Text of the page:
By: Ningombam Bupenda Meitei
Supreme Court judgment on Ramlila Maidan incident case
“In the Hon’ble Supreme Court judgment of Suo Motu Writ Petition (Crl.) No. 122 Of 2011 – In Re: Ramlila Maidan Incident Dt.4/5.06.2011 V. Home Secretary, Union Of India & Ors, the Court has upheld the right to peaceful protest as a constitutional right. The Court observes: “Freedom of speech, right to assemble and demonstrate by holding dharnas and peaceful agitation are the basic features of a democratic system. The people of a democratic country like ours have a right to raise their voice against the decisions and actions of the Government or even to express their resentment over the actions of the government on any subject of social or national importance. The Government has to respect, and in fact, encourage exercise of such rights. It is the abundant duty of the State to aid the exercise of right to freedom of speech as understood in its comprehensive sense and not to throttle or frustrate exercise of such rights by exercising its executive or legislative powers and passing orders or taking action in that direction in the name of reasonable restrictions.” It was also written in an article – ‘Can The State Restrict A Citizen’s Right To Protest?’ – by Arun Jaitley, who today is Union Finance Minister of India, in Outlook India, dated 28th February, 2012.”
The argument is, according to the judgment of the Court, it observes that “it is the abundant duty of the State not to throttle or frustrate exercise of such rights by exercising its executive or legislative powers and passing orders or taking action in that direction in the name of reasonable restrictions.” But, what the State Government of Manipur, through its Home Department, has done is precisely to act in a direction using the shield of reasonable restrictions to throttle and frustrate the exercise of the rights of the people who were exercising freedom of speech, right to assemble and demonstrate by holding dharnas – which indeed are the basic features of a democratic system. The Court has not even restricted such rights to “citizens” of the country but has expanded it to “people” of this democratic country. In the case of Manipur, the school students, who are juveniles, are also citizens of the country and therefore, they have every right to exercise all the rights of any citizen of India, as enshrined in the Constitution of India. The Court, in its judgment, also observes that “the Government has to respect, and in fact, encourage exercise of such rights. It is the abundant duty of the State to aid the exercise of right to freedom of speech as understood in its comprehensive sense.” Has the Government of Manipur – by using police’s water cannon and police arrest of the two school students, who were also exercising their rights as citizens of this country – shown any form of respect or encouragement to the exercise of such rights of the school students? Has the Government of Manipur taken into account the meanings and boundary of the word “comprehensive sense” in identifying the issues, which according to the Government of Manipur could be an issue of law and order only, so that instead of having a dissected and myopic view of the issue the Government of Manipur could very well honour the intent of “comprehensive sense” being mentioned in the Apex Court judgment?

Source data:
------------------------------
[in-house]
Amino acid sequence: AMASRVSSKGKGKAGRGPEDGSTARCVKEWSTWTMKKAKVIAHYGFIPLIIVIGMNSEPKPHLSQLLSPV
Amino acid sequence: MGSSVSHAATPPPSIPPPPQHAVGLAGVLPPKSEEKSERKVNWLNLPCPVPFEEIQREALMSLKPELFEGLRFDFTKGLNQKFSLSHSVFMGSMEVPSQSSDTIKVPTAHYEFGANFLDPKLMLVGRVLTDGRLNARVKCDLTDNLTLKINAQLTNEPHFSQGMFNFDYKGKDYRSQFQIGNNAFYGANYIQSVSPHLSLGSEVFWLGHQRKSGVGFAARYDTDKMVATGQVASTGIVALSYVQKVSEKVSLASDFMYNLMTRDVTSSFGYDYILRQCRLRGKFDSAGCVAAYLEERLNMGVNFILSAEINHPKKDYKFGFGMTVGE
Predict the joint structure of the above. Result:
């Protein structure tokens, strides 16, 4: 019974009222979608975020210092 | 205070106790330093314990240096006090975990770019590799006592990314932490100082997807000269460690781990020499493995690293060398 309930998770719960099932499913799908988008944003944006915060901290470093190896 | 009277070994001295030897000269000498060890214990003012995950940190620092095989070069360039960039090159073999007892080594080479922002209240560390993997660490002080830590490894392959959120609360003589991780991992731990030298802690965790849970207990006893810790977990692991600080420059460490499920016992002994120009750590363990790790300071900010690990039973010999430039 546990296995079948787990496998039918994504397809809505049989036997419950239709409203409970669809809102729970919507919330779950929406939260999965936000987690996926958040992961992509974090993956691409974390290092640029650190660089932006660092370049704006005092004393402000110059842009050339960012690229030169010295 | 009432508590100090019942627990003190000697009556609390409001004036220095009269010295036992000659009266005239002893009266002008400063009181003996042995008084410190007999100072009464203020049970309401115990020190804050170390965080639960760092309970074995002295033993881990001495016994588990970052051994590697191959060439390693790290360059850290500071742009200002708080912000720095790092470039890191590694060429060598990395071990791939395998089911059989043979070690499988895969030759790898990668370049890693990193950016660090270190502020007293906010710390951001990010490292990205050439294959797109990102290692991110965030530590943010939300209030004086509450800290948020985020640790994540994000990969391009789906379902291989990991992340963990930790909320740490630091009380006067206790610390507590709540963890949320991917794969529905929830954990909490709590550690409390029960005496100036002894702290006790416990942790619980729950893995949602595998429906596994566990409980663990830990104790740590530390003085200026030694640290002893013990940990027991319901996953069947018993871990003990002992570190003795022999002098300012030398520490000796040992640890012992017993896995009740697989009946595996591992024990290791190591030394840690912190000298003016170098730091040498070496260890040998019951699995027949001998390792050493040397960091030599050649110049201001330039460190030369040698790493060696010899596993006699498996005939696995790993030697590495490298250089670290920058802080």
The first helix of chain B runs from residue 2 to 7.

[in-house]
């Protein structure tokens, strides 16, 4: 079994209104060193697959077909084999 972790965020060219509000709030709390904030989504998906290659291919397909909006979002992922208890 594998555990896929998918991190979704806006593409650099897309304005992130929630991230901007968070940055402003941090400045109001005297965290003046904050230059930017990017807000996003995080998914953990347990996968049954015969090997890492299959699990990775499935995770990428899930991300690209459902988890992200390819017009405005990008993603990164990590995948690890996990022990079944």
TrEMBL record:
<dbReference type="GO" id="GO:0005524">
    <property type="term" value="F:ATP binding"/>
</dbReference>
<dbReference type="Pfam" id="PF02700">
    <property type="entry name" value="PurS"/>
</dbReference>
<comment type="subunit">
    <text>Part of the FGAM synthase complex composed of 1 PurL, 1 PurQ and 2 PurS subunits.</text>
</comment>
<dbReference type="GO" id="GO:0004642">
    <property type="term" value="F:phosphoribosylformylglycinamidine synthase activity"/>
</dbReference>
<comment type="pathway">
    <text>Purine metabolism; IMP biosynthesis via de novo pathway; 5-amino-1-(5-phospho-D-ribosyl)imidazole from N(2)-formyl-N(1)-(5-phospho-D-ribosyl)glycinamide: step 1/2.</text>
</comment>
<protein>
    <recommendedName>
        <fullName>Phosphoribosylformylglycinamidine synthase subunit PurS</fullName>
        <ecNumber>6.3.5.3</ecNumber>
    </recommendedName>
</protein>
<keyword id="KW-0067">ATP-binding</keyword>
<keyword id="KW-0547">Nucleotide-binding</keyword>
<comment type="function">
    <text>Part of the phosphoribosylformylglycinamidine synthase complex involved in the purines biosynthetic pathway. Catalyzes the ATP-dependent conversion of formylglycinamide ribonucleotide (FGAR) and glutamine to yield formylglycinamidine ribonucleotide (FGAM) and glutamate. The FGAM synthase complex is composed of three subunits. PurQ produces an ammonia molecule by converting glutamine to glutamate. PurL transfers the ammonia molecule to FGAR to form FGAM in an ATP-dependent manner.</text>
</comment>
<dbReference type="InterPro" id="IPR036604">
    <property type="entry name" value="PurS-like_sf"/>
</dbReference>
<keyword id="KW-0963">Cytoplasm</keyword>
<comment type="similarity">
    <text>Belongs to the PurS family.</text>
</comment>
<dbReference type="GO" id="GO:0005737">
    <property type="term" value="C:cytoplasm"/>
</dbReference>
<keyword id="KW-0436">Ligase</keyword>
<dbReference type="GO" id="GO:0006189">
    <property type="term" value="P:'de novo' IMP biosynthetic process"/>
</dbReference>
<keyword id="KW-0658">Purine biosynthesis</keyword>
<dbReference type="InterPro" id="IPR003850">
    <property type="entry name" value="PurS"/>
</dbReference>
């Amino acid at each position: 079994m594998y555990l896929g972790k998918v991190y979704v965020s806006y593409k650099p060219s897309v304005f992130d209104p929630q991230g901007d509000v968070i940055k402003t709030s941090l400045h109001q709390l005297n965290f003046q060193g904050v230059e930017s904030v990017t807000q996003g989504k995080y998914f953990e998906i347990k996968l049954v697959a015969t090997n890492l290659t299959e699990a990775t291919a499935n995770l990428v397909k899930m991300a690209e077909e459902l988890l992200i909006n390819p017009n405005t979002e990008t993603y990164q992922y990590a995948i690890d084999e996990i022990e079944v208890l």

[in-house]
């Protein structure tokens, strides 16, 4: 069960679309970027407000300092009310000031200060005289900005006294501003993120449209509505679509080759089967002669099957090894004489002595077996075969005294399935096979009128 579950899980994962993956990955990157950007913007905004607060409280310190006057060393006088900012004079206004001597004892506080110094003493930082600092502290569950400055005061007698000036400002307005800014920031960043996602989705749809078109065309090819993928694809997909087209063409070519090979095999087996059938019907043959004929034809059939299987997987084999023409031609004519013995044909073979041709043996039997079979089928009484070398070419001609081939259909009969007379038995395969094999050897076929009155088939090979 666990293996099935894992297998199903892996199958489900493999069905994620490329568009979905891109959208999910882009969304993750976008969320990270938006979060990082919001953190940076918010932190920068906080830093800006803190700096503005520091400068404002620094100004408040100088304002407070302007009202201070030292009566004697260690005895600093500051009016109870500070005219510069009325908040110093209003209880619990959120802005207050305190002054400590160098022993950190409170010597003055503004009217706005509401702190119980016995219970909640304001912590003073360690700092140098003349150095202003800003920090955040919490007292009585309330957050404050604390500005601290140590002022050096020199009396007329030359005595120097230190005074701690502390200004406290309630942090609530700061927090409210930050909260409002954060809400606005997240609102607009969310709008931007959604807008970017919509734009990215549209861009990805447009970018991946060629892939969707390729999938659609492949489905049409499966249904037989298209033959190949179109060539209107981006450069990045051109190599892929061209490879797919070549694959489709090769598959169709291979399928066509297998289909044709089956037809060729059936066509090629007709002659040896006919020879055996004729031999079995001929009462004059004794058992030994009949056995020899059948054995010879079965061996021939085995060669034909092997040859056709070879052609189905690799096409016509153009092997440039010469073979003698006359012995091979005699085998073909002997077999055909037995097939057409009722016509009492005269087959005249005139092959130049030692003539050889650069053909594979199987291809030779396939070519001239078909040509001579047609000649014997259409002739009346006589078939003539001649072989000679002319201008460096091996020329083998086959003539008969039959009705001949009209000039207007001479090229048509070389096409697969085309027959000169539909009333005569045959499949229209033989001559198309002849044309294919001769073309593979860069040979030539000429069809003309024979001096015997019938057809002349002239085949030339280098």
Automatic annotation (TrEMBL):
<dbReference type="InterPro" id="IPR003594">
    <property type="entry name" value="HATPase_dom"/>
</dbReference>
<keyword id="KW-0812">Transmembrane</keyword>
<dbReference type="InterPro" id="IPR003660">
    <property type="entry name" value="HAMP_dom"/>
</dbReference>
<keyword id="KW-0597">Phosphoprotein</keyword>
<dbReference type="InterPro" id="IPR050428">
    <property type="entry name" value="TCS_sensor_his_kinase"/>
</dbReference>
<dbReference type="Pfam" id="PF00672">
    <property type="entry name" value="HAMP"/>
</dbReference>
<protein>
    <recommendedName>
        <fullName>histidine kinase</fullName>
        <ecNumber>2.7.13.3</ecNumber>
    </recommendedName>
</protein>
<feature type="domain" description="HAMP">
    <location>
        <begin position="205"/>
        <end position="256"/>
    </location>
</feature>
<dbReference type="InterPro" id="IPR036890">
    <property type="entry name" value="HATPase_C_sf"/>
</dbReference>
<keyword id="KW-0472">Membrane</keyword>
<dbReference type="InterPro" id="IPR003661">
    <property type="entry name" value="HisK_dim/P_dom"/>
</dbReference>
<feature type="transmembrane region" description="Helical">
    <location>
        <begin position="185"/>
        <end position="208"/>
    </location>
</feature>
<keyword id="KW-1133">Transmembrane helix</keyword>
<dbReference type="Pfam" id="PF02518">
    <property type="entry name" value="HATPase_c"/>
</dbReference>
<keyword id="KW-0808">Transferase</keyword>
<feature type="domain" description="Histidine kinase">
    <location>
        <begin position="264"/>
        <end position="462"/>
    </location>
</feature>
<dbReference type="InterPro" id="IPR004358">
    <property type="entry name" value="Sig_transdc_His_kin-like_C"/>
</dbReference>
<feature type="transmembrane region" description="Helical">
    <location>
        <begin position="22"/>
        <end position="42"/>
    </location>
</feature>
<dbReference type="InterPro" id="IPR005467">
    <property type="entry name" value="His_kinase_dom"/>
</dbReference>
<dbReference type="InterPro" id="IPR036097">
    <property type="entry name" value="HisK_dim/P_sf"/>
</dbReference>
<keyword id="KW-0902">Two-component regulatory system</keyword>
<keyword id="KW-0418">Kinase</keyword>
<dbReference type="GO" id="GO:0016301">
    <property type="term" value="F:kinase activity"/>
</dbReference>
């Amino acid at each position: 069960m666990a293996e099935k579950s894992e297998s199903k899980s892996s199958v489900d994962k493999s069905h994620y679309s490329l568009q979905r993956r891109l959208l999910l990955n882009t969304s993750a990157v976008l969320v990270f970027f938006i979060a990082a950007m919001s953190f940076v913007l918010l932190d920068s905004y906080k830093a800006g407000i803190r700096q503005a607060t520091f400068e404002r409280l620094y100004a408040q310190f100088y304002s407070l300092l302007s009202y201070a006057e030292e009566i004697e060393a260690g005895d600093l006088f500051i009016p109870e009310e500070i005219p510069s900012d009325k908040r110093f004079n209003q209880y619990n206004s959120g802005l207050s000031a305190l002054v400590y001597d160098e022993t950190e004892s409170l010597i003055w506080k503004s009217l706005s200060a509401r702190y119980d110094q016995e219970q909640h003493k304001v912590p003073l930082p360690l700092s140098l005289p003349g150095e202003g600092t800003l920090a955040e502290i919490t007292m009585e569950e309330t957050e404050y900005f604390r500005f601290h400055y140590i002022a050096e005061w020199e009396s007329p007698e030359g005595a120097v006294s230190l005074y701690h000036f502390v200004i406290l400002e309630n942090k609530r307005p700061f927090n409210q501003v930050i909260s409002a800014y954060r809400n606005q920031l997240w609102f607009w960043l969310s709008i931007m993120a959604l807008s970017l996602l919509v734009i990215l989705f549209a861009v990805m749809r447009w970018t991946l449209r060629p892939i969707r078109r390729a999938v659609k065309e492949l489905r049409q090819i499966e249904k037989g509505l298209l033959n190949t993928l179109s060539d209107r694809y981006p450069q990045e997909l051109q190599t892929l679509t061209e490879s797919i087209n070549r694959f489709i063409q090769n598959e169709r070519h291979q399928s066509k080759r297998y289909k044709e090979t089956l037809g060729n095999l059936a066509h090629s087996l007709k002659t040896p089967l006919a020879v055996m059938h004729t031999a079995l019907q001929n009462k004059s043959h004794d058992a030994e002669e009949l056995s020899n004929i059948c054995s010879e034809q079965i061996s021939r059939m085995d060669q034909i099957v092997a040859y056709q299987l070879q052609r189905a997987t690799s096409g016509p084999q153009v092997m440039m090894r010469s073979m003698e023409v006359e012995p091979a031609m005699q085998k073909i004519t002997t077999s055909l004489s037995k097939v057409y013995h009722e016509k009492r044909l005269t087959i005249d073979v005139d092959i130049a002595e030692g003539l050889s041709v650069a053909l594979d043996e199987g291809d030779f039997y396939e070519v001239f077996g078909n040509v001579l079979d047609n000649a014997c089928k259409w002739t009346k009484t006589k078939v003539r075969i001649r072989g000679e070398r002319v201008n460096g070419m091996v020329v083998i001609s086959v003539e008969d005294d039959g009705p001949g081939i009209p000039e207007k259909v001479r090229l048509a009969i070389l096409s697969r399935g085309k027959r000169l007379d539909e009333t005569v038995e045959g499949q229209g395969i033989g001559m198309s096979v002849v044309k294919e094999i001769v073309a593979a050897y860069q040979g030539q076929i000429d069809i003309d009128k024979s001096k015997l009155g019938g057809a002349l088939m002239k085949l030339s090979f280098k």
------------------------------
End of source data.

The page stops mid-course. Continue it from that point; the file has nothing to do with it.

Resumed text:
If the abundant duty of the State of Manipur is to aid the powers of the state police to aid in curbing the exercise of right to freedom of speech so that the control and stability of law and order in Manipur is to be given utmost primacy, then that very act of the State Government of Manipur goes against the judgment of the Court and also shows that the Government of Manipur is still yet to fully understand and implement the “comprehensive sense” mentioned in the judgment. Then, there is a question – “Why do school students come out to protest?” The reply to this is also given in the Court judgment. The school students, who are not only juveniles and citizens but also are the people of this democratic country, according to the judgment, have “a right to raise their voice… to express their resentment over the actions of the government on any subject of social or national importance.” The argument is – “Was the resentment nationally important?” The reply to this argument is: even if the resentment expressed by the school students is not of national importance, the resentment is deeply imbedded with social importance. The argument to posit that their resentment is nationally important could also be established as they – the school students – are worried about the future of their own home state Manipur, and if the future of Manipur, which is very much a part of India, is in a potentially worrying situation, as it could be according to them, then the future of India, which comprises Manipur too, is also not impossible to be considered as free from any future worry and tension, and therefore, the national importance of their resentment is also difficult to be ruled out because the future of India also lies in the future of Manipur. Even if the “national importance” fails to impress the argument, there is “social importance” as the judgment observes “social or national importance” and not “social and national importance”, therefore by using the operational part of “or”, there is an option to choose either “social importance” or “national importance”. Had there been “and” instead of “or”, the argument could have been different, but since there is “or” the function of “or” allows the argument of “social importance” to bring forth to justify the resentment of the school students. It would be extremely complex to reject the “social importance” in this case. The other question is – “Why are the school students, instead of studying books and learning in their classrooms, participating in dharnas?” The reply to this is also found in the judgment as it says that holding dharnas is one of the basic features of a democratic system. Nowhere in a democracy there is a legally approved and constitutionally accepted statement stating that school students are debarred from holding or participating in dharnas. Has the Parliament enacted Code of Conduct for the school students with regard to dharnas and peaceful demonstrations? Not yet, so far. The question to be raised against the State of Manipur is – “Where is the criminality committed by the school students in holding dharnas in a democratic system of India’s Manipur?” From these aforementioned arguments, the act of Manipur Government, through its police action of using water cannon and the police arrest of two school students, amounts to the dishonour and rejection of the Apex Court judgment, and therefore, both the police action and arrest shall be declared as illegal because the State of Manipur has miserably failed to uphold the judgment, passed on 23rd February, 2012 by the Supreme Court, even in 2016.